Ban Versus Waivers for travel to countries with a Travel Warning
Presenters: Christy P. Michels, Duke University; Paula Eastman, Duke University
Provide an overview of Duke University’s now decade old ‘International Travel Policy’ and how managing student travel has developed over time. We plan to go over the development of initial policy, how we engage faculty in the process, day-to-day management of overseeing student travel abroad, how we communicate policy and travel restrictions to certain non-US destinations to a decentralized campus as well as how we manage challenges associated with compliance.
Psyche of an Chinese and Indian Student
Presenters: Olga Booth, Methodist University; Minnu Paul, Methodist University
India and China constitutes almost half of the world’s population and therefore becomes the emerging market for undergraduate international recruitment. This session will help you understand the nuances of both the markets as you develop your recruitment strategies. During the session, we will concentrate on the elementary and secondary education system and the college-preparatory process in India and China. We will also emphasize on the different perception the stakeholders have as they make their decision to pursue the undergraduate degree in the US.
A House Divided Cannot Stand: The Relationship between Admissions & ISS
Presenters: Carrie O’Brien, Wake Forest University; Pascale Toussaint, North Carolina State University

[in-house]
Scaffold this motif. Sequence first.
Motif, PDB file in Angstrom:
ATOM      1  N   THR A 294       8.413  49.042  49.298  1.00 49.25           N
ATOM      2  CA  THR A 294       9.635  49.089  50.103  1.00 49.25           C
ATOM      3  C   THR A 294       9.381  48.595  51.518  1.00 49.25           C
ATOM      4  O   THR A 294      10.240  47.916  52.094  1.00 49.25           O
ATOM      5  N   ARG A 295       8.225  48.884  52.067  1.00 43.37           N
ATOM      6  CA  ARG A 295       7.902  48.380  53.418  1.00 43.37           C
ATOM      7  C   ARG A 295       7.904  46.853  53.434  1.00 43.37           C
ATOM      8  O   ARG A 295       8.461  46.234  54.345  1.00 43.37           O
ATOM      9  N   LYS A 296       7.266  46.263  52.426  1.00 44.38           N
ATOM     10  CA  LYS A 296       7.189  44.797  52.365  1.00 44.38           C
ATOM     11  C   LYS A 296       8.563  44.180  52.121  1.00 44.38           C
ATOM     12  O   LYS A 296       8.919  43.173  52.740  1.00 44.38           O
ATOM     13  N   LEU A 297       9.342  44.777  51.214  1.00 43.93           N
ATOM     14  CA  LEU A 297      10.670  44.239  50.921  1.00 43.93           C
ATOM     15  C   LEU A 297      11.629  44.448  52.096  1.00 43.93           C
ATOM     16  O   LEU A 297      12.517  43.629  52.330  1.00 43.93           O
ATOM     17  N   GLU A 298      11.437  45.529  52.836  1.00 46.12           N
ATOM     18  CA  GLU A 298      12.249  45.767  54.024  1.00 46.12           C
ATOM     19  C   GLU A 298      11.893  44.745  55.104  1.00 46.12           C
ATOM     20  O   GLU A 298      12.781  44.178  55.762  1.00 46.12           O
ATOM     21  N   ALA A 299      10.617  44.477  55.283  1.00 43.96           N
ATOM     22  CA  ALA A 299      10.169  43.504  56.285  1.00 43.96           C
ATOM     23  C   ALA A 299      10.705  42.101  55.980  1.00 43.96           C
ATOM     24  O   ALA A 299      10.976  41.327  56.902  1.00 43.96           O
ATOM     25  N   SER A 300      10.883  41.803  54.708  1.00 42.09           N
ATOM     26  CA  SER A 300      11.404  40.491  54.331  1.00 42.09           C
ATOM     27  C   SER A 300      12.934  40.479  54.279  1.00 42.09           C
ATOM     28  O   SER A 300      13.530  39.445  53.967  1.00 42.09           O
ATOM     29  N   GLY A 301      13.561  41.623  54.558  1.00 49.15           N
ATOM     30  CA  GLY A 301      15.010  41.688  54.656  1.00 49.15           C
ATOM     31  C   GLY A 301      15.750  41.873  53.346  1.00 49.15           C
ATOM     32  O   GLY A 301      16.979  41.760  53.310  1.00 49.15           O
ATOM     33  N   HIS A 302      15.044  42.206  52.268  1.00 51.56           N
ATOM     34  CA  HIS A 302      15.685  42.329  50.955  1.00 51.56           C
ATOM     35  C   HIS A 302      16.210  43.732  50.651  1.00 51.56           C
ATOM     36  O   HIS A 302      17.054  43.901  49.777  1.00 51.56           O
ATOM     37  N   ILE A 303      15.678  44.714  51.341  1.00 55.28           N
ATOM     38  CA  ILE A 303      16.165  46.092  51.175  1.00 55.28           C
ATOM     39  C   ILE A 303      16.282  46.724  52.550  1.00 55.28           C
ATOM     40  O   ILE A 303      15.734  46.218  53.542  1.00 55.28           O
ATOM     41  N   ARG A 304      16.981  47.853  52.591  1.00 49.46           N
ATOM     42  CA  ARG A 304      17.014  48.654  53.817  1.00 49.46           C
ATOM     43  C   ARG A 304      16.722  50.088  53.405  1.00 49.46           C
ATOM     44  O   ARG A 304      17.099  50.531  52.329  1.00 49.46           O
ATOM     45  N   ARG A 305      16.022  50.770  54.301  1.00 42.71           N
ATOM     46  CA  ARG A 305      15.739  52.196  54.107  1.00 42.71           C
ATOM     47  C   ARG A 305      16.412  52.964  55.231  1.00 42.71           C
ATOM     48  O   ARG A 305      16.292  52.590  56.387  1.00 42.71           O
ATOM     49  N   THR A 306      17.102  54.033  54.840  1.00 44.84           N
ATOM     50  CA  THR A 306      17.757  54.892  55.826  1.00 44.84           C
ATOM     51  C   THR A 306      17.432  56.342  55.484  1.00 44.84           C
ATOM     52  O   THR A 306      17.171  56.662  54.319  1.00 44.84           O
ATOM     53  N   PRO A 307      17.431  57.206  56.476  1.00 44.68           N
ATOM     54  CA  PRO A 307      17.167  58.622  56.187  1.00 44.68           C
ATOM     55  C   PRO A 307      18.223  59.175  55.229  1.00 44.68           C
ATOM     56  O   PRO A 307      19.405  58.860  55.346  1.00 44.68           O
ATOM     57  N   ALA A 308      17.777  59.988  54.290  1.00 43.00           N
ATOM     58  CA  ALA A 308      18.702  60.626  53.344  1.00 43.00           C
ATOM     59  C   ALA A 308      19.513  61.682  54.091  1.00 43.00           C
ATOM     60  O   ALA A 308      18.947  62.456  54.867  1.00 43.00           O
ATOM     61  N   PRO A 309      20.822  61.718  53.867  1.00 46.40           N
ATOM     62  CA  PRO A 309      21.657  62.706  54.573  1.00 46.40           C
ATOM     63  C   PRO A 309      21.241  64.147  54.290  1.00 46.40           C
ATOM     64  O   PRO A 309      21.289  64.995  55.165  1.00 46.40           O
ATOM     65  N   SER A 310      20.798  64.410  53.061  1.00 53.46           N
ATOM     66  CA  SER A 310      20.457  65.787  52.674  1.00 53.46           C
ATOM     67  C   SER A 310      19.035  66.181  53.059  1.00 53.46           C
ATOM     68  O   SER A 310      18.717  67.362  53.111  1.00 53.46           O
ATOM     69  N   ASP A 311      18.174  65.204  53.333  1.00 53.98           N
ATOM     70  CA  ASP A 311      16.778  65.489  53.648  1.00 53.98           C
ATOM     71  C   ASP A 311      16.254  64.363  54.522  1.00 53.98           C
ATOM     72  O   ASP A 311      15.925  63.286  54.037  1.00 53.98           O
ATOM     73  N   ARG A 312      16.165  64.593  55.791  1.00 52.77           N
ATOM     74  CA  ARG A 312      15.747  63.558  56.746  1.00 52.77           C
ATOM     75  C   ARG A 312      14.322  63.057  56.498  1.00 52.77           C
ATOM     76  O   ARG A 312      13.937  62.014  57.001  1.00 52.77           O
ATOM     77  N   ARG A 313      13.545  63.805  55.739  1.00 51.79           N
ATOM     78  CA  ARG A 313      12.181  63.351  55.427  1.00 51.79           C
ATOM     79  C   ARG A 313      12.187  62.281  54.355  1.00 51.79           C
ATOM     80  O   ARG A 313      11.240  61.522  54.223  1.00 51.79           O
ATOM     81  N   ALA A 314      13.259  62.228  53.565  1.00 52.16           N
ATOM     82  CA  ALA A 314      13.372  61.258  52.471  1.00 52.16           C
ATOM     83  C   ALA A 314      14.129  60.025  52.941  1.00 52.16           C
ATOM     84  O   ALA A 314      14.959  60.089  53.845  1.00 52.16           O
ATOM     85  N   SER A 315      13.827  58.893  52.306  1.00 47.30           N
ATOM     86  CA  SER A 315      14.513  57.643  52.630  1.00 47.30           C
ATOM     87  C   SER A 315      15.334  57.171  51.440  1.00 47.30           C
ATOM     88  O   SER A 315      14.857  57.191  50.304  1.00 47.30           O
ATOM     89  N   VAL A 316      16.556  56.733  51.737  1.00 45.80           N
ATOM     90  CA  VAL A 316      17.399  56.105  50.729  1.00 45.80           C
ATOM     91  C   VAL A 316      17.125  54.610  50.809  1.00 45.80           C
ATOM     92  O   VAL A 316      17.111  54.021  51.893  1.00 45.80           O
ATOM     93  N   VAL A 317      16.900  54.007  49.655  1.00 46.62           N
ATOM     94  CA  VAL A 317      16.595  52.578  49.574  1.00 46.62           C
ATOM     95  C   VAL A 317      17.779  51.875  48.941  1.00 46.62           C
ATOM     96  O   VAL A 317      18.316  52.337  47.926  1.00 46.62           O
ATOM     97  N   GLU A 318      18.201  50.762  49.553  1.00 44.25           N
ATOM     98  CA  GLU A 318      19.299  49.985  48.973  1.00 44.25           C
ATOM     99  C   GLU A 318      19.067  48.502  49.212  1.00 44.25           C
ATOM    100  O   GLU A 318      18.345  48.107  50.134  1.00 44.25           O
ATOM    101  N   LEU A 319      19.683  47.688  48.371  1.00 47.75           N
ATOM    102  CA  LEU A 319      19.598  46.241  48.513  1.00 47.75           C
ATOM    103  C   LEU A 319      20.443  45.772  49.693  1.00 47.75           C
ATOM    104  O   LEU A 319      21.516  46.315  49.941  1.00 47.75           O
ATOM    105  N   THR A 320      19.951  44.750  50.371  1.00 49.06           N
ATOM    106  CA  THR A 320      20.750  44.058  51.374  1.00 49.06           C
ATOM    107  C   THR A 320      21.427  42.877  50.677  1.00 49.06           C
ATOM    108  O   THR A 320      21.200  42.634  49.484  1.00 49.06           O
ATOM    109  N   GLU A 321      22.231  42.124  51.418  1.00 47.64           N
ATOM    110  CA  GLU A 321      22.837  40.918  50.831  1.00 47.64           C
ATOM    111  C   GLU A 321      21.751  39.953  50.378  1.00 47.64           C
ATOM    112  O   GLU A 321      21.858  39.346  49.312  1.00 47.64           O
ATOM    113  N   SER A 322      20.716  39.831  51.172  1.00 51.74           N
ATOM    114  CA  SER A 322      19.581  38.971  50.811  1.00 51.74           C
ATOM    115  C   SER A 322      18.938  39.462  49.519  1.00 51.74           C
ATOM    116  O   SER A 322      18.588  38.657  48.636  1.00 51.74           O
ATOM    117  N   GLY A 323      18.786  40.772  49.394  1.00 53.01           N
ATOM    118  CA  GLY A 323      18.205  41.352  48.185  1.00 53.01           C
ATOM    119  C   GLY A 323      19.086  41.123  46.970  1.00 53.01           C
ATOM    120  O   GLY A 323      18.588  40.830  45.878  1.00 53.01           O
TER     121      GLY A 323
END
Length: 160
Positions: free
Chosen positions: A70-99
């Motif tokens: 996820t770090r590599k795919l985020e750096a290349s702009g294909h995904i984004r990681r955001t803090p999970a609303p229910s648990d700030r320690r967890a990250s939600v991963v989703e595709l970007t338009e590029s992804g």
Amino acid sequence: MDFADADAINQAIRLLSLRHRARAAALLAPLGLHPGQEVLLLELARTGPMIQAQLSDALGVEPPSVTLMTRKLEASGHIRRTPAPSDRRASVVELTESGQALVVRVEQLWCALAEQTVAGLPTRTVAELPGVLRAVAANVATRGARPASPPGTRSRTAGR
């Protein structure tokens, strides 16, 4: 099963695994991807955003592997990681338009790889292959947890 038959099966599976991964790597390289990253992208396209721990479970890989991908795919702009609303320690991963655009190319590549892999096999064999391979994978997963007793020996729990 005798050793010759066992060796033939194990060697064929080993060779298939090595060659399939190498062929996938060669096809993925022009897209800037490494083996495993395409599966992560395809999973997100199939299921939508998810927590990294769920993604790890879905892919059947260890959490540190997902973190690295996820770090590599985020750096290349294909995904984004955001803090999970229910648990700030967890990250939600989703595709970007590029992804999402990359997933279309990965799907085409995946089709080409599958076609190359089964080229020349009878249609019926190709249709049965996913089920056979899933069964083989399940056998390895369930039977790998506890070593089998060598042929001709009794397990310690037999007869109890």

The last few years have seen an increase in internationalization across colleges and universities and as we all experience or seek exponential growth in international student enrollment it is imperative that we understand the shared responsibilities of the admissions and International Student Services offices in attracting, with enrolling, and retaining international students. In this session we will explore the beneficial and sometimes challenging relationship between both offices from the perspective of three professionals who represent international recruitment, admissions and ISS fields.
MSI Round Table: Overcoming Barriers to Study Abroad
Presenters: Sharmila Udyavar, Fayetteville State University; Allegra Laing, Elon University
This is an interactive round-table session with invited participants from campus stakeholders that are necessary to engage students at MSIs, HBCUs & HSIs in studying abroad. There will also be an opportunity to share your own successes and challenges as we share best practices in enhancing and boosting participation among the underserved populations. Come prepared to share and collaborate with your colleagues at minority serving institutions and take away a wealth of ideas to implement on your campuses!
How to Develop a Strategic Communication & Social Media Plan
Presenters: Jess Taylor, University of North Carolina at Charlotte; Megan Hennings, University of North Carolina at Charlotte
This social media bootcamp aims to provide substantive and applicable strategies to best use social media for any office and any target audience. We will build upon your knowledge of popular social media platforms by giving you specific tools to help you create an intentional online presence. Social media is an integral, every day method of achieving department needs and campus wide internationalization initiatives. Whether you’re just entering the professional social media world or are further refining your skills, this workshop-style session will provide you with an action plan to bring back to your office.